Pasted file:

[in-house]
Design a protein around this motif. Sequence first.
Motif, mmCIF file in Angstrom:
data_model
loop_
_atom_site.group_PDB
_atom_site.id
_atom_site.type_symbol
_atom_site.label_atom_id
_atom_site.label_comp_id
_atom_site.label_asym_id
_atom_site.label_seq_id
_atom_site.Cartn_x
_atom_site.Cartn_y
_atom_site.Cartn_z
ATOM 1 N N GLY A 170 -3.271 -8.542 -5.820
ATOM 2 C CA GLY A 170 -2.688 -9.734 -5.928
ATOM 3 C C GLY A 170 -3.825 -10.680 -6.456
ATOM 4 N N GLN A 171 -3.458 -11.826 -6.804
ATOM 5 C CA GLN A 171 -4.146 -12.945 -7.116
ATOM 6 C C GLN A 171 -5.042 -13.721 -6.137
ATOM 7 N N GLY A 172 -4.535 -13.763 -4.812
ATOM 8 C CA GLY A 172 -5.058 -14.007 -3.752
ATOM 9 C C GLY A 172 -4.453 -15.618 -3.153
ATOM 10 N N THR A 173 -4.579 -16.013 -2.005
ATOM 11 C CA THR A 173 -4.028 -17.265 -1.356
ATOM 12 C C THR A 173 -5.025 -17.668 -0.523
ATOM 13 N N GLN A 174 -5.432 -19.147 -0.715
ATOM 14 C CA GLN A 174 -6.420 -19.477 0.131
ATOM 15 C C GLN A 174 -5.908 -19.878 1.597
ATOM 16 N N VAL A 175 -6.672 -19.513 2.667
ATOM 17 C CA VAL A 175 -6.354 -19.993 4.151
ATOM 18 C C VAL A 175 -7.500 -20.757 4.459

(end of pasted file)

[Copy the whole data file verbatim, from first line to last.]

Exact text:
[in-house]
Design a protein around this motif. Sequence first.
Motif, mmCIF file in Angstrom:
data_model
loop_
_atom_site.group_PDB
_atom_site.id
_atom_site.type_symbol
_atom_site.label_atom_id
_atom_site.label_comp_id
_atom_site.label_asym_id
_atom_site.label_seq_id
_atom_site.Cartn_x
_atom_site.Cartn_y
_atom_site.Cartn_z
ATOM 1 N N GLY A 170 -3.271 -8.542 -5.820
ATOM 2 C CA GLY A 170 -2.688 -9.734 -5.928
ATOM 3 C C GLY A 170 -3.825 -10.680 -6.456
ATOM 4 N N GLN A 171 -3.458 -11.826 -6.804
ATOM 5 C CA GLN A 171 -4.146 -12.945 -7.116
ATOM 6 C C GLN A 171 -5.042 -13.721 -6.137
ATOM 7 N N GLY A 172 -4.535 -13.763 -4.812
ATOM 8 C CA GLY A 172 -5.058 -14.007 -3.752
ATOM 9 C C GLY A 172 -4.453 -15.618 -3.153
ATOM 10 N N THR A 173 -4.579 -16.013 -2.005
ATOM 11 C CA THR A 173 -4.028 -17.265 -1.356
ATOM 12 C C THR A 173 -5.025 -17.668 -0.523
ATOM 13 N N GLN A 174 -5.432 -19.147 -0.715
ATOM 14 C CA GLN A 174 -6.420 -19.477 0.131
ATOM 15 C C GLN A 174 -5.908 -19.878 1.597
ATOM 16 N N VAL A 175 -6.672 -19.513 2.667
ATOM 17 C CA VAL A 175 -6.354 -19.993 4.151
ATOM 18 C C VAL A 175 -7.500 -20.757 4.459